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# Methanol

### Understanding AFR

Discussion and questions related to the course Understand AFR

Page 1

Hello ! i have a question! Why are you saying in methanol 0.68, where pdf fuel's put methanol 6,4/1, in lambda is 0.43 ? i don't understand!

6.4/14.7 = 0.435 Lambda for METHANOL!

Pd: Video AFR vs Fuel Type

Thanks for answer and you Attention!! :)

I think you may be confusing two different, but related things.

The 'lambda' number represents the amount of unused oxygen in the exhaust gas and the value of 1.0 represents the stoichiometric, or chemical, balance where all the fuel and oxygen (air) is used up. This value is the same for all fuel types.

AFR, the Air-Fuel Ratio is how much air is required for the fuel, by mass, for stoichiometric combustion - it should actually be expressed as , for example, 6.4:1, as it is a ratio, but convention omits the latter part.. Because different fuels - petrol/gasoline, diesel, ethanol, methanol, etc - have different chemistry, and weight, they need different amounts of air for the same weight of that fuel. That is why the AFR is different for different fuels.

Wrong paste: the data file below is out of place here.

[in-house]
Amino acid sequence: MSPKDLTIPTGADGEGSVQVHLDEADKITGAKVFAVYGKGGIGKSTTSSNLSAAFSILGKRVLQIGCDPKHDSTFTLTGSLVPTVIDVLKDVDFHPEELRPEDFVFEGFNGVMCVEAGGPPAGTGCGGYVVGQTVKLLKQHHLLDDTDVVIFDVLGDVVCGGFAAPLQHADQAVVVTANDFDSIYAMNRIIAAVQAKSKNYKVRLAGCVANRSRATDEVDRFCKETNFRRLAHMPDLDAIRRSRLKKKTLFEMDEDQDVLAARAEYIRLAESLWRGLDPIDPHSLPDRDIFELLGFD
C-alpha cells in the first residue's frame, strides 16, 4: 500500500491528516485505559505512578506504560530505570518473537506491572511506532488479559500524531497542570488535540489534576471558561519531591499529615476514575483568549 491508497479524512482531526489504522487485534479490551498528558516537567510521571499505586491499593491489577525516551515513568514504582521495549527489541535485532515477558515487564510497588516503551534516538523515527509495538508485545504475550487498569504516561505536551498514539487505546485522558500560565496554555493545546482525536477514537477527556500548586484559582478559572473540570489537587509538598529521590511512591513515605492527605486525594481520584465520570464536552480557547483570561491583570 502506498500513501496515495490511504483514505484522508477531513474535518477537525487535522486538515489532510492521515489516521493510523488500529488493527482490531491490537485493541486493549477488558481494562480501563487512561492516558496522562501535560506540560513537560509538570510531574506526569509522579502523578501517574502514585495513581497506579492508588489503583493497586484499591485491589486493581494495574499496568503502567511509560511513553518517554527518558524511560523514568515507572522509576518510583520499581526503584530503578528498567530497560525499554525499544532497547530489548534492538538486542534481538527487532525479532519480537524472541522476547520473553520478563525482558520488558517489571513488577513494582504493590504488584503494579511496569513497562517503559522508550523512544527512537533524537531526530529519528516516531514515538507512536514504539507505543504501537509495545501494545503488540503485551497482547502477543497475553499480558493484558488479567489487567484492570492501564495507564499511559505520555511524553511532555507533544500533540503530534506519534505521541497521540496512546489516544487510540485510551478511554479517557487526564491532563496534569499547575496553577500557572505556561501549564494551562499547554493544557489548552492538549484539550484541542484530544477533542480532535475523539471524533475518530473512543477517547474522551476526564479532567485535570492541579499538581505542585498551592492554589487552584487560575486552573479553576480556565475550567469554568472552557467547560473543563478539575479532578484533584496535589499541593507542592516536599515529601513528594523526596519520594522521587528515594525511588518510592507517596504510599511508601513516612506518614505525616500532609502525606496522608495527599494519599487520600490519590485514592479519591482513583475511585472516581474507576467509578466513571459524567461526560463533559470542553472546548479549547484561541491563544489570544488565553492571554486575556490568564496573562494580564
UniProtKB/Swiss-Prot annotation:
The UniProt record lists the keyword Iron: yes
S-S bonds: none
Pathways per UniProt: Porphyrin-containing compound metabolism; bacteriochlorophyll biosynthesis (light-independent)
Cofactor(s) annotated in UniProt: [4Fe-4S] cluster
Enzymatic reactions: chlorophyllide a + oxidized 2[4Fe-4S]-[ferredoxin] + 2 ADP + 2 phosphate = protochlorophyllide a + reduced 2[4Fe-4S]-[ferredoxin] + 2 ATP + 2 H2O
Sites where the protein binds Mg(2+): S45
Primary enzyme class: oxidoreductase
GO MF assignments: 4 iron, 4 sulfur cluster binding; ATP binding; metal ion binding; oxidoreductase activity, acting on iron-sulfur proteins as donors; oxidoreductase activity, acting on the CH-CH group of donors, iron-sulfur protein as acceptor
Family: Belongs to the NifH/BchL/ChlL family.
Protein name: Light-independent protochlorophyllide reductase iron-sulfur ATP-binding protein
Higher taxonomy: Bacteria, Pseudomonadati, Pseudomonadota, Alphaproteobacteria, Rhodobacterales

Air/fuel guages that read out in AFR are a further confusion source - they actually measure the lambda and convert it to the petrol/gasoline ratio that corresponds to the AFR for that fuel - if you use a methanol fuel with those guages, they will read the lambda's petrol equivalent AFR, NOT the actual AFR for that fuel.

Oh, doh (senior moment :-( ) - I may have misunderstood your question. You can run methanol much richer than you may expect and still gain power. where some fuels may give best torque/power burn around lambda 0.8-0.9, methanol can be run much lower - even with an AFR down to 3:1 and raw fuel from the exhaust, which looks damn cool!